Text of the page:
The new Apple phone may also support standard Wi-Fi. The Chinese security protocol is an alternative for just part of Wi-Fi, and devices can support both it and the technology it is meant to replace.

China has promoted the protocol, along with other homegrown technologies like the 3G standard TD-SCDMA, as part of a vision to produce more of its own technology and have it adopted by international companies.

Earlier this year, China Unicom chairman and CEO said the company was in talks with Apple about offering a version of the iPhone with Wi-Fi.

The new Apple device, like all mobile phones, still must obtain a network access license from regulators if its maker wants to sell it in China.

Stay tuned for additional details as they become available.

Fourth-Gen iPhone prototype locator uncovered

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Date: Friday, April 30th, 2010, 05:53
Category: iPhone, News

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The individual who found the lost fourth-generationan iPhone prototype, then reportedly held onto it for weeks and sold it for US$5,000 has been identified as Brian Hogan, a 21 year old resident of Redwood City, California.

Per Wired’s Threat Level blog, Hogan attorney Jeffrey Bornstein told Wired that Gizmodo has “emphasized” to his client that “there was nothing wrong in sharing the phone with the tech press,” a restatement of events apparently intended to downplay the fact that the tech blog publicly paid Hogan for receipt of a device that clearly did not belong to him.

The blog posting stated that Hogan was only able to access Facebook on the prototype phone before it was shut down. Gizmodo reported the phone owner’s identity via that Facebook page, making it clear that Hogan had detailed knowledge of who the phone belonged to, despite Hogan’s decision to hold onto it for weeks before selling it to Gizmodo along with the identity of the engineer who had lost it.

A report by CNET noted that Hogan “had help in finding a buyer for the phone.” It identified “Sage Robert Wallower, a 27-year-old University of California at Berkeley student” as an associate of Hogan.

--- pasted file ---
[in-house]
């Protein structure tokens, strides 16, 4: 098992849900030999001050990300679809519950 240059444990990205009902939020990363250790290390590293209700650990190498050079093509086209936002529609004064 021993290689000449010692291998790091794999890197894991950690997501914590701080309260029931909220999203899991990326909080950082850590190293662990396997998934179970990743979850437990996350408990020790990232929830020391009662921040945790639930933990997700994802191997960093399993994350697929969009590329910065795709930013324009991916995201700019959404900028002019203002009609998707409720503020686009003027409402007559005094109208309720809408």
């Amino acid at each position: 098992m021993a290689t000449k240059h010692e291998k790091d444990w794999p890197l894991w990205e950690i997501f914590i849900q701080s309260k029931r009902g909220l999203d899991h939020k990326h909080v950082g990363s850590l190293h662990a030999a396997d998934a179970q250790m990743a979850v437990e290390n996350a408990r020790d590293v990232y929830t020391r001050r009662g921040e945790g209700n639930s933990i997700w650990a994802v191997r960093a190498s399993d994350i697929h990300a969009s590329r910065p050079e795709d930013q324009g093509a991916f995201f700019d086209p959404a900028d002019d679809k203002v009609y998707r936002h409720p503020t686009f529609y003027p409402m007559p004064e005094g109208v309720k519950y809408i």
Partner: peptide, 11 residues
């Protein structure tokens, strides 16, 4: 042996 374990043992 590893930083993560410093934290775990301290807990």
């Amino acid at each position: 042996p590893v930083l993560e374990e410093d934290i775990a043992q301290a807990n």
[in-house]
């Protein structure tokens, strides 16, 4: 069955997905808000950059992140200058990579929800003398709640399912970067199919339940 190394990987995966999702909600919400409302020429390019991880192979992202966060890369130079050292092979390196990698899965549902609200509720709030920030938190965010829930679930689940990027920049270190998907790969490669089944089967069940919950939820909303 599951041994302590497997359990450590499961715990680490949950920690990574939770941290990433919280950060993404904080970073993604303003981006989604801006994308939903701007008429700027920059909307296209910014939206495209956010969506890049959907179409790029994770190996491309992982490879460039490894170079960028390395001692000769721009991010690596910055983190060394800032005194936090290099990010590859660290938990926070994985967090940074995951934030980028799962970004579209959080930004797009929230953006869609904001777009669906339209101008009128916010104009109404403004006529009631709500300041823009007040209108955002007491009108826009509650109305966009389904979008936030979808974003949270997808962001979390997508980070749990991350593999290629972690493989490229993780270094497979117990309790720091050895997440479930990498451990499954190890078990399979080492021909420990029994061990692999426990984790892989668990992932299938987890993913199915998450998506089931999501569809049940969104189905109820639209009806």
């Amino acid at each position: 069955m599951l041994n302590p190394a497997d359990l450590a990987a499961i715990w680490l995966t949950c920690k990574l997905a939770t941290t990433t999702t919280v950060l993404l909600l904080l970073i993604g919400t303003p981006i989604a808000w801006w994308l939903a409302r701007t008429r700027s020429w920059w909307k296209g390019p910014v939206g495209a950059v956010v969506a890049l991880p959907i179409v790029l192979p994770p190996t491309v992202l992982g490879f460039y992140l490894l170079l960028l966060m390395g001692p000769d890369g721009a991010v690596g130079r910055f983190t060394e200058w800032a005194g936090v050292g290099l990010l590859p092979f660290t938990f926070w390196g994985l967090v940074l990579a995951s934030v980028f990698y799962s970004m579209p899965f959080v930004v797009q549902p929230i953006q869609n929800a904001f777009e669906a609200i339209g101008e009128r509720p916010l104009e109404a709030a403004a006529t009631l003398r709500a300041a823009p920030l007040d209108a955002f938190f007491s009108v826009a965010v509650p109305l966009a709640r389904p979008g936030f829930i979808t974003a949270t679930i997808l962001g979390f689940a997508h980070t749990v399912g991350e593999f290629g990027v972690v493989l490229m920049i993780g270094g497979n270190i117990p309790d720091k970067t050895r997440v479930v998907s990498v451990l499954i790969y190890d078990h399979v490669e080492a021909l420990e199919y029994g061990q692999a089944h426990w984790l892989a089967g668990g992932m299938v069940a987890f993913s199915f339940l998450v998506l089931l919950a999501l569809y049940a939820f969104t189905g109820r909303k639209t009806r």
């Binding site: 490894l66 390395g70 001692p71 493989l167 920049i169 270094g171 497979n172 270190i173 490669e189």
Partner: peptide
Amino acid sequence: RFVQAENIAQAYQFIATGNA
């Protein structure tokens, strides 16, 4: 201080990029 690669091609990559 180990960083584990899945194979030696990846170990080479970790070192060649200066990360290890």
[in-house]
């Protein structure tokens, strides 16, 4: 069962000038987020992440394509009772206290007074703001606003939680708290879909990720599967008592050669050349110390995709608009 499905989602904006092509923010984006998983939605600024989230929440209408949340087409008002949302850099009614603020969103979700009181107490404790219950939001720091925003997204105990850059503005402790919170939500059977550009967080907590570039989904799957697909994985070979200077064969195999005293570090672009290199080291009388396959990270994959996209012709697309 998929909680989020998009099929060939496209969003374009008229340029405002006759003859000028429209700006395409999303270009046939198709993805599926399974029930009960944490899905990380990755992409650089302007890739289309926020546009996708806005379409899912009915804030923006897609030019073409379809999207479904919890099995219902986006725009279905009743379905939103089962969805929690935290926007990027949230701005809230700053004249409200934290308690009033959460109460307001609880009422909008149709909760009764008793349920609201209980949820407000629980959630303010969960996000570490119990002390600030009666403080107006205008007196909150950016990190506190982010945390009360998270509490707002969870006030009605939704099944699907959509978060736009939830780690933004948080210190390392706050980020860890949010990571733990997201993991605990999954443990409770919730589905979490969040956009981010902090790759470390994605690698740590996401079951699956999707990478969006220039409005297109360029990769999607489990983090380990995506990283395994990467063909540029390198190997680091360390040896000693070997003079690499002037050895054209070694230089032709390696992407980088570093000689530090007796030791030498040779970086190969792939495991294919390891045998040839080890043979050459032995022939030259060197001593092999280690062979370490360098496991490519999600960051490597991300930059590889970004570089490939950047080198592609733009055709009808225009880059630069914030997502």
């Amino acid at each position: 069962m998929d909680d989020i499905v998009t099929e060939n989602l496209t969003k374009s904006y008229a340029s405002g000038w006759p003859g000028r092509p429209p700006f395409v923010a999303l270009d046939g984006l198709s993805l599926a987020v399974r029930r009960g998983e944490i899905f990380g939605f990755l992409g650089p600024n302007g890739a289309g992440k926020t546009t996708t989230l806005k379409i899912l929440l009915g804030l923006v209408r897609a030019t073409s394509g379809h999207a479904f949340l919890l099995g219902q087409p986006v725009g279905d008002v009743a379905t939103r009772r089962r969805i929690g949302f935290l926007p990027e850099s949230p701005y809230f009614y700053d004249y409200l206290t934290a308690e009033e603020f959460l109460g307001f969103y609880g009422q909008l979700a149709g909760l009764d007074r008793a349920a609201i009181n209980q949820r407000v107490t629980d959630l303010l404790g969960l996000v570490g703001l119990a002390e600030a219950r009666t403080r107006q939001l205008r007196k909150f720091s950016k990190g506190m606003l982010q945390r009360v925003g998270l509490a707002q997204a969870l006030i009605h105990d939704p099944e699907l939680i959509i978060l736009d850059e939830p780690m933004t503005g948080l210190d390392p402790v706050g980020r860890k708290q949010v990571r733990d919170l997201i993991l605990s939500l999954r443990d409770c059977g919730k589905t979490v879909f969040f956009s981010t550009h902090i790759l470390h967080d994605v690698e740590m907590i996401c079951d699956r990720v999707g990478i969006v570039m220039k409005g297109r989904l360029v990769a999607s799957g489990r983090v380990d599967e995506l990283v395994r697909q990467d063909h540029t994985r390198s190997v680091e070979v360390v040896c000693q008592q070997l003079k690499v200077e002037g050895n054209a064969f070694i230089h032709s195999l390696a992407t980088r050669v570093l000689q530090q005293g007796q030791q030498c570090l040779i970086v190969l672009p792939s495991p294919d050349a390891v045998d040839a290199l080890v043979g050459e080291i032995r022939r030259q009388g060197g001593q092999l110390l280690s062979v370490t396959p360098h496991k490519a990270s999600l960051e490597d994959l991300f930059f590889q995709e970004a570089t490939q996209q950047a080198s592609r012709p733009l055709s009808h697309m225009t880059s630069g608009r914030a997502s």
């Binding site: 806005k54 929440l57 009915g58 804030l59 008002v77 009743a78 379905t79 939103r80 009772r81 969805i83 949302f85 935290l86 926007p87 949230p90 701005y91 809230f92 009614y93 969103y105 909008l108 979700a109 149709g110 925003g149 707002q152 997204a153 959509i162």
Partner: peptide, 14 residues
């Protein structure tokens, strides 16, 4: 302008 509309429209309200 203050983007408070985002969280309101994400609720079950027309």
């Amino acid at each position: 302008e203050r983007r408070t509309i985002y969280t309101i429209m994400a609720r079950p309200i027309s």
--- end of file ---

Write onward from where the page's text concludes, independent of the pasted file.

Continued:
CNET said Wallower acted as a middleman, along with at least one other unnamed individual, who “contacted technology sites about what is believed to be Apple’s next-generation iPhone.” The report noted that Wallower “previously worked as a computer security officer at the publicly traded Securitas corporation and that he possesses ‘top-secret clearance,’” according to his LinkedIn profile.

The report also noted discovery of an Amazon suggestion list created for Wallower by a friend which included “a book co-authored by ex-hacker Kevin Mitnick titled, ‘The Art of Intrusion: The Real Stories Behind the Exploits of Hackers, Intruders and Deceivers.’”

Wired’s latest blog posting sympathetically characterizes Hogan as working in a church-run community center and serving as a volunteer benefiting Chinese orphans as well as orphans in Kenya who need medical care. A previous Threat Level blog entry on the iPhone prototype story debuted the idea that “news accounts depicting the $5,000 payment as a ‘sale’ are incorrect,” setting the stage for later identifying Hogan as a hero to orphans worldwide, who simply ‘made a mistake involving sharing,’ rather than being a thief who sold stolen merchandise for thousands of dollars instead of returning it to its known owner.

Stay tuned for additional details as they become available.

Rumor: Apple settles on LG Innotek components for 5.0 megapixel camera sensors

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Date: Thursday, April 29th, 2010, 11:43
Category: iPhone, Rumor

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If you were curious about the exact components to go into the fourth-generation iPhone, a report from The Chosun reported Wednesday that Korean electronics giant LG Innotek will supply 5-megapixel camera sensors for the upcoming handset.

Per the article, LG Innotek began “producing the sophisticated cameras at its plant in Gumi this month and will mass produce them starting in the second half of this year.”

The report contradicts a rumor issued this past December, in which it said that OmniVision, the supplier of CMOS image sensors for the current iPhone, expected to see demand for its sensors in iPhones grow as high as 45 million after it secured a deal to supply a 5-megapixel camera for the next-generation iPhone.